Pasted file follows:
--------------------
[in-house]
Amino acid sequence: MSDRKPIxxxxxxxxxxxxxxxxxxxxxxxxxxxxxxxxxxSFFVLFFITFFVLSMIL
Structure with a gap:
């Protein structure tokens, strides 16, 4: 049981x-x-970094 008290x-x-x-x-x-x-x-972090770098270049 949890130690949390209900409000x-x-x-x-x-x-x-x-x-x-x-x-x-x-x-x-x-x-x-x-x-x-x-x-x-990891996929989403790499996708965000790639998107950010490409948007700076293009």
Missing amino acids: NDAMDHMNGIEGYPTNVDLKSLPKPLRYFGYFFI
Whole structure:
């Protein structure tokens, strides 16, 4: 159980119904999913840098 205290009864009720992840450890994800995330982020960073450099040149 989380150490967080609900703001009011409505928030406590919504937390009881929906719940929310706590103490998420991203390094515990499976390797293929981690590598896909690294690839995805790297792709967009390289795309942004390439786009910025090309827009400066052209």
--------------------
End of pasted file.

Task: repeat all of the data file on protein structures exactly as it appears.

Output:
[in-house]
Amino acid sequence: MSDRKPIxxxxxxxxxxxxxxxxxxxxxxxxxxxxxxxxxxSFFVLFFITFFVLSMIL
Structure with a gap:
């Protein structure tokens, strides 16, 4: 049981x-x-970094 008290x-x-x-x-x-x-x-972090770098270049 949890130690949390209900409000x-x-x-x-x-x-x-x-x-x-x-x-x-x-x-x-x-x-x-x-x-x-x-x-x-990891996929989403790499996708965000790639998107950010490409948007700076293009």
Missing amino acids: NDAMDHMNGIEGYPTNVDLKSLPKPLRYFGYFFI
Whole structure:
């Protein structure tokens, strides 16, 4: 159980119904999913840098 205290009864009720992840450890994800995330982020960073450099040149 989380150490967080609900703001009011409505928030406590919504937390009881929906719940929310706590103490998420991203390094515990499976390797293929981690590598896909690294690839995805790297792709967009390289795309942004390439786009910025090309827009400066052209």